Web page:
They both use complete one dance sequence and continuously speed up the tempo each turn that they get, then Lizzie gets annoyed for Huck is showing off, then Huck is confused than sorry for whatever he did. Lizzie doesn’t accept the apology and then is bothered by Huck pestering her to forgive him. So she ‘slaps’ him and stomps on his foot, illustrating that she has won. And she has. Then they start dancing together with more joy than before. I recommend watching just this scene if any. The movie itself is a bit slow, and the only funny bit is when Fred and/or Ginger are in the scene. As they brighten the mood and give the audience a reason to stay, as they often finish films with a dance sequence, making the movie bearable to watch until the end, because you will watch a fun and happy dance before it finishes. So on the link, go from 30secs, if you want the singing, dialogue and dancing. If you just want the dialogue and dancing (which is needed to understand their relationship) go from 2mins 20secs. It is worth a watch.

Okay so I know I promised to give you more arguments as to why they are the best dancing couple in cinemas history and go through each movie that has made a big impact on me. But I will finish off with how this movie has made an impact on cinema and television, via FUN FACTS!!!

Fun Fact #1: The “I Won’t Dance” number that is in Roberta was remixed and used in Step Up 3 (2010), where Moose and Camille dance down a street in New York, using all the objects on the street as tools within their dance, making it seem spontaneous as Camille is apologising to the bystanders and being dragged by Moose. They then start competing with each other than dance together, but not hand in hand, but side by side. This can easily be deemed as homage to Roberta, but just Fred and Ginger, as their movies have influenced how cinema has depicted dancing to a mass audience.

Fun Fact #2: Irene Dunne’s sings “Smoke Gets in Your Eyes”, this song title is the title for the pilot episode of Mad Men (2007). This song is relevant to the episode as the ad agency is trying to cover up the fact that smoking is bad for you and that the audience shouldn’t expect the expected, because it doesn’t happen.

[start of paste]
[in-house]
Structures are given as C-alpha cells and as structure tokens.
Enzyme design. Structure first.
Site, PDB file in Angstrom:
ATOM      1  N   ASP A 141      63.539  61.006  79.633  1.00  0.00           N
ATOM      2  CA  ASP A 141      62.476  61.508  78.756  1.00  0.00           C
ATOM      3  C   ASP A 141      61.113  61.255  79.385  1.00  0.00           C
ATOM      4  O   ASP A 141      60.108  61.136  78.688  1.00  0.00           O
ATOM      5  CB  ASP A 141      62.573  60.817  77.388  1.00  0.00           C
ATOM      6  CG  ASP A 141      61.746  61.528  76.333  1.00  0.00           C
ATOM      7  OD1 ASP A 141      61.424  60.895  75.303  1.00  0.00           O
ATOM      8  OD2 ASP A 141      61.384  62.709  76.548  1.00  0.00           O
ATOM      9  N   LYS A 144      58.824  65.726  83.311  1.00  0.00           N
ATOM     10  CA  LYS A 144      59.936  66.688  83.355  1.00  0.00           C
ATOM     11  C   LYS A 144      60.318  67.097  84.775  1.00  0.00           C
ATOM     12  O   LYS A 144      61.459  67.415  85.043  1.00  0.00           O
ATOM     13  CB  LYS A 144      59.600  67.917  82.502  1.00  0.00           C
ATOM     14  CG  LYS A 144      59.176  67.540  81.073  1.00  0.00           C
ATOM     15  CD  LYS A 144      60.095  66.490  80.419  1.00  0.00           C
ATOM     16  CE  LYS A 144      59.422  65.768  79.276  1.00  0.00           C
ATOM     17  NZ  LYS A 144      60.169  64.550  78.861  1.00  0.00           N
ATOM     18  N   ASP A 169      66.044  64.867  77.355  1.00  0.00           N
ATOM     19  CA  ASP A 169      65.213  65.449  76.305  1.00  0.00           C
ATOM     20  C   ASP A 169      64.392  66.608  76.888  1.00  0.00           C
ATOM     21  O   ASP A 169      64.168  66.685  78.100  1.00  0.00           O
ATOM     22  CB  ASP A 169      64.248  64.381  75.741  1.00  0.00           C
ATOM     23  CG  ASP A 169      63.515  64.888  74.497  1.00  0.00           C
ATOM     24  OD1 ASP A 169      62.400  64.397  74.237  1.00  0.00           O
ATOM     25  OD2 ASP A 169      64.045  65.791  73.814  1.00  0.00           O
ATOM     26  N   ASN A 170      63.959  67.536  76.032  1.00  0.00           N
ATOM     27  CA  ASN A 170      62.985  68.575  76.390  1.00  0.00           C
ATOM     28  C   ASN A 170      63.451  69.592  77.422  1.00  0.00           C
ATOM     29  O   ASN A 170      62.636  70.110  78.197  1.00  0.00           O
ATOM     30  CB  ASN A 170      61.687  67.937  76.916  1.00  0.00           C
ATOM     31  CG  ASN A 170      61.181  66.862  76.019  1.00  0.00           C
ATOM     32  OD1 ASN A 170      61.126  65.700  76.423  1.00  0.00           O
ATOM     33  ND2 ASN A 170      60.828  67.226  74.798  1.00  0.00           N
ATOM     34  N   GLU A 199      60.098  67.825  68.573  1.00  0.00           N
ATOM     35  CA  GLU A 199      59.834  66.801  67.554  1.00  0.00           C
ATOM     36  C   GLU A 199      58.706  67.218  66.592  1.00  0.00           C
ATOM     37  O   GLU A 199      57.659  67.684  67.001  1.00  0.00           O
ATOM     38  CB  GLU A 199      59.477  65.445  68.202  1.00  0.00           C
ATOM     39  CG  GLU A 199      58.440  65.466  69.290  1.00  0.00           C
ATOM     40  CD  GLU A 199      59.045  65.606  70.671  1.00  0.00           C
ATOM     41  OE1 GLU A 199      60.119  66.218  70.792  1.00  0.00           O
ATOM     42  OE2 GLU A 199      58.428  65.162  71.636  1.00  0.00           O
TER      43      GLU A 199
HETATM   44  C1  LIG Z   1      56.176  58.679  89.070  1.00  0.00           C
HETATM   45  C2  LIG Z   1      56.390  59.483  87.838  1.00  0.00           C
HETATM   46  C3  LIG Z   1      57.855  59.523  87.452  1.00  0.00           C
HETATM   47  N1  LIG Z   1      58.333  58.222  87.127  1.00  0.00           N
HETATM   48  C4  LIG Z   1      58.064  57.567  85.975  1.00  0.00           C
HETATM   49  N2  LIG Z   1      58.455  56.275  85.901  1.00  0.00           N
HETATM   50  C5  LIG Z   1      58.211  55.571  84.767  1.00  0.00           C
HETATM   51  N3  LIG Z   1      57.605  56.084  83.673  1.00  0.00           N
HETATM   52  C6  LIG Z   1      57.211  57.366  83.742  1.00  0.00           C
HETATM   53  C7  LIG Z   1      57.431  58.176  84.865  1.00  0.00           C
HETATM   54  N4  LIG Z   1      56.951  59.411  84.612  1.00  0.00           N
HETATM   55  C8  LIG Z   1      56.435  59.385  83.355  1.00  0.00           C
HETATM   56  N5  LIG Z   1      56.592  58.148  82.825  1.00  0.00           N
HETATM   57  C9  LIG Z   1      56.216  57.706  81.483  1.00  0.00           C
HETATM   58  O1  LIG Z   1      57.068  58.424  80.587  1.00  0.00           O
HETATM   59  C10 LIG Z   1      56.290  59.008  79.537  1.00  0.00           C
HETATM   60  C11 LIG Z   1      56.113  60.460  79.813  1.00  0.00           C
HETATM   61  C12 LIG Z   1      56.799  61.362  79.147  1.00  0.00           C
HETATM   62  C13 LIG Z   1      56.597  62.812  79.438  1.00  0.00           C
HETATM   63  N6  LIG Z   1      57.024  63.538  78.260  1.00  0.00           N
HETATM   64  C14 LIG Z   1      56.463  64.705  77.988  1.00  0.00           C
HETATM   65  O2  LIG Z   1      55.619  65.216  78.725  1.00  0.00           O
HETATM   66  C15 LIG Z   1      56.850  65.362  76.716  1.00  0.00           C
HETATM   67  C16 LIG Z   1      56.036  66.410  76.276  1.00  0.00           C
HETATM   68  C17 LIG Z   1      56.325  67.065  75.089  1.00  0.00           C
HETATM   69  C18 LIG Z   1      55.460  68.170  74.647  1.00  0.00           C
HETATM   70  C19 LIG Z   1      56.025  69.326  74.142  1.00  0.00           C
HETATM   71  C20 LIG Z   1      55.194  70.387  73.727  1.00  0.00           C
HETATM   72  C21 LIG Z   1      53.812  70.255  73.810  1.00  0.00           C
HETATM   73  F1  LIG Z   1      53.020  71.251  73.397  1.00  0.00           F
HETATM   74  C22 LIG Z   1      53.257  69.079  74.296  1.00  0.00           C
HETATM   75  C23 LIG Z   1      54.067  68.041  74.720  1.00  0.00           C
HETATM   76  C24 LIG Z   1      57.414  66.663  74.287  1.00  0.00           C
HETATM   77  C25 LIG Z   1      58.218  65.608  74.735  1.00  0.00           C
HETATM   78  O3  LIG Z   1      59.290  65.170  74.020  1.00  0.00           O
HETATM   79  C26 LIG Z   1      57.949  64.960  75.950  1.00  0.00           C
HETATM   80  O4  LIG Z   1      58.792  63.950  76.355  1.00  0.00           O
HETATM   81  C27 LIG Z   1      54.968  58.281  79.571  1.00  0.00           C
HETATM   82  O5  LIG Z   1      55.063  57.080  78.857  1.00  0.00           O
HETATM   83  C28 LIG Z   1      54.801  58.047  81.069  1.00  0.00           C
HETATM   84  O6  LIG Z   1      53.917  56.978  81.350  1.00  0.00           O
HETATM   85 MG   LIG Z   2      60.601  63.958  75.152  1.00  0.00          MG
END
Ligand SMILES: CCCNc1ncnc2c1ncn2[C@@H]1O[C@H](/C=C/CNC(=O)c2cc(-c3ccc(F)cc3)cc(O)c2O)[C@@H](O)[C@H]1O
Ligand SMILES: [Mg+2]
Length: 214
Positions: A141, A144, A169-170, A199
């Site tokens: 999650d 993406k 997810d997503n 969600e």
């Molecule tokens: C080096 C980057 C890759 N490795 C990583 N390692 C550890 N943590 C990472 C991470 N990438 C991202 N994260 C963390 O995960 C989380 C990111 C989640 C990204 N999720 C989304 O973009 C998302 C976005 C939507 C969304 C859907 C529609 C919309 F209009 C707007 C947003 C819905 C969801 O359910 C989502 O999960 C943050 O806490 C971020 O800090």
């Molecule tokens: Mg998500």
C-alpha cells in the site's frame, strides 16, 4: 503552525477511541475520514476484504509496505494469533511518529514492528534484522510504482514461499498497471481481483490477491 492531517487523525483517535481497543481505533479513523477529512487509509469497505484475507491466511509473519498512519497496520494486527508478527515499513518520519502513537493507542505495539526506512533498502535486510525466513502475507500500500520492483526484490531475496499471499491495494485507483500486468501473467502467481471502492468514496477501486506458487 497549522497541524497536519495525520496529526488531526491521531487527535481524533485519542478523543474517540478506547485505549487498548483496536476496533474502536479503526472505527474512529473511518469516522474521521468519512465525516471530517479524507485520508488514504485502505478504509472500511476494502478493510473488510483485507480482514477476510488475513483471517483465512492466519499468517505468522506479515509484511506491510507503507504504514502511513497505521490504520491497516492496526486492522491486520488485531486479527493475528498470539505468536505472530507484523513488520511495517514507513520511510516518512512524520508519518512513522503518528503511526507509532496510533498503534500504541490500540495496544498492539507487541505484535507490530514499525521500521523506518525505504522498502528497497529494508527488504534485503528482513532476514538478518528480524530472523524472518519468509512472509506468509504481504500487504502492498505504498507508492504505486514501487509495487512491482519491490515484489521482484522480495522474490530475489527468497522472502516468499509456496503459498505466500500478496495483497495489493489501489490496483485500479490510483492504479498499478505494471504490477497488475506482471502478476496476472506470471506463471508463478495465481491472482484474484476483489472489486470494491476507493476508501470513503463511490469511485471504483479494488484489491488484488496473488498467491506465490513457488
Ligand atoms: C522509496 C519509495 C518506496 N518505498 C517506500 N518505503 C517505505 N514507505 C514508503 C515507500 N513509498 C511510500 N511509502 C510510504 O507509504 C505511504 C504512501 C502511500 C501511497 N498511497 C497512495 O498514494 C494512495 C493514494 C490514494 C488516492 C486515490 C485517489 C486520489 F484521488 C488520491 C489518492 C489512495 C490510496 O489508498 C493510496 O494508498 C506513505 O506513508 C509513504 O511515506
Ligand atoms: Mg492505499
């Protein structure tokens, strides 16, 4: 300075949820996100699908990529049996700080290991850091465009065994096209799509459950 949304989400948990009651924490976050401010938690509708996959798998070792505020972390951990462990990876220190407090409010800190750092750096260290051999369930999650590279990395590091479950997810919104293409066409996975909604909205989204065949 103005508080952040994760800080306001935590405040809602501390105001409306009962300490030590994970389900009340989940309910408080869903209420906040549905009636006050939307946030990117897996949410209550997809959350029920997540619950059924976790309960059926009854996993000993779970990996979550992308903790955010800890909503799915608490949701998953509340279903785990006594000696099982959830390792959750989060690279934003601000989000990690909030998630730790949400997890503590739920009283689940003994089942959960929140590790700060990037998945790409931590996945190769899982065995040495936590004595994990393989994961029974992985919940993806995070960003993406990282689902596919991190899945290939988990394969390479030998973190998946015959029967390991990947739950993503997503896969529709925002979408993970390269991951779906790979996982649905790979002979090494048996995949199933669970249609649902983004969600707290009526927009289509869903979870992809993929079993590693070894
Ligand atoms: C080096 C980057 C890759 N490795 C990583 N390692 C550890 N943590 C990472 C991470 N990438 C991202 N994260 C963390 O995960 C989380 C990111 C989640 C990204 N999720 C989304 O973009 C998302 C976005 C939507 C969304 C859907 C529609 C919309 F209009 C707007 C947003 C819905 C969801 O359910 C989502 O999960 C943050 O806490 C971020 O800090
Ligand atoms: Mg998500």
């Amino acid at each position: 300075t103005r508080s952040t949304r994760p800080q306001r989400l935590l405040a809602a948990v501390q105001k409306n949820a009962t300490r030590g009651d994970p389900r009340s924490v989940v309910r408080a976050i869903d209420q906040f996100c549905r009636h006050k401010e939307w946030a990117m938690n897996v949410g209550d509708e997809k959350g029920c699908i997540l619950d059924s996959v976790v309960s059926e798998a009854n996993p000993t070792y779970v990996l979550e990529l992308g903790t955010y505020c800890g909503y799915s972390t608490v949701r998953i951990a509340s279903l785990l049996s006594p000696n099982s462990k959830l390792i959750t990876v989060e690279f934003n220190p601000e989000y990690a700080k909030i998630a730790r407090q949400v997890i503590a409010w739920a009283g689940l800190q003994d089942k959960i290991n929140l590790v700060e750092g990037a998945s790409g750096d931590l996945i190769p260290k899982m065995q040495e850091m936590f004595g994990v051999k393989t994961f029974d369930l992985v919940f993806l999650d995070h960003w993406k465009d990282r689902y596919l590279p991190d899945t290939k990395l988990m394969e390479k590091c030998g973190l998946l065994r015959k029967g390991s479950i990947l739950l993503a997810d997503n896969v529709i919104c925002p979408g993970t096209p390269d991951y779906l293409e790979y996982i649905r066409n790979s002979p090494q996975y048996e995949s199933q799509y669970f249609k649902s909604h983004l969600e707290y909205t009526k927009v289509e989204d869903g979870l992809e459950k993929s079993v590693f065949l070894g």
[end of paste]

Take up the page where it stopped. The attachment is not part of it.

Psycho (Alfred Hitchcock, 1960) – Scene: A Boy’s Best Friend

Psycho 4 Norman

– Brittaney Petsinis

Norman’s hand rests on the stuffed bird above him as he sits in the dark corner, speaking in front of his mimicking shadow. What appears to be a rather long stretch, perhaps conveys the idea of burden; one that could be understood as the burden of his mother, whom he proceeds to talk about with extreme mixed emotions. As intended, we are indeed bewildered by Norman’s fascination for stuffed birds as we watch them with intrigue as they hang around the hotel. No proportion of Hitchcock’s audience can possibly think this is normal in any way. Here, we are forced to consider Norman’s intentions which, at this point, we acknowledge may be rather sinister. Despite this, we cut him some slack, and allow Norman a chance to prove us wrong, which he does do at times. In response to Marion’s question, “is your time so empty?”, Norman responds with an evident hesitation and a quickly fading smile. At this point, his eyes wander as though he attempts to seek an appropriate answer, which we inevitably question when he has one. We don’t quite believe him, though also cannot help but pity him.

When Norman speaks the words, “well, a boy’s best friend is his mother”, he speaks them with commitment, largely emphasised through the nod of his head and direct attention as he answers the question. Through this we are perhaps forced to wonder whether his mother is the most important person in his life, or if he speaks the words out of mere obligation. Our confusion is further initiated through the rather long pause prior to his response and his unsupportive body language as he sits with a straight posture and with his hands in his lap. Here, there is a clever depiction of nervousness and hesitation and we cannot help but wonder why. Norman’s shadow on the wall behind him as he speaks, is perhaps a representation of his mother; the woman that he could not escape, even if he wanted to. It also cleverly serves to portray a dominant figure over Marion, and indeed, the idea of ‘two against one’.

Marion’s vulnerability is largely conveyed through her softly spoken voice and her delicately resting hand that hangs off the side of the table she sits at. Despite this, there is a clever depiction of cautiousness particularly obvious through the regular pauses before she speaks. Her eyes wander, portraying a sense of nervousness, confusion and fear of Norman’s ability to accurately assume Marion’s life. The set of the room, additionally allows for a rather accurate interpretation of the differing characters. Behind, and to the right of Marion, is a well-lit lamp and neatly placed ornaments, and in front of her, delicate ceramic objects; one, decorated with painted flowers. Despite this, the unmissable clutter in the room, and the dark curtain behind Marion, through its repetitive, busy pattern, could indeed be said to convey the idea of approaching complications.         In contrast to the surroundings of Marion, there is nothing ‘delicate’ about what surrounds Norman. Beside Norman is a clutter of birds in what appears to be a decorative plant. As this indeed helps to portray Norman as a sinister character, it cleverly sets up the idea of Marion as a victim.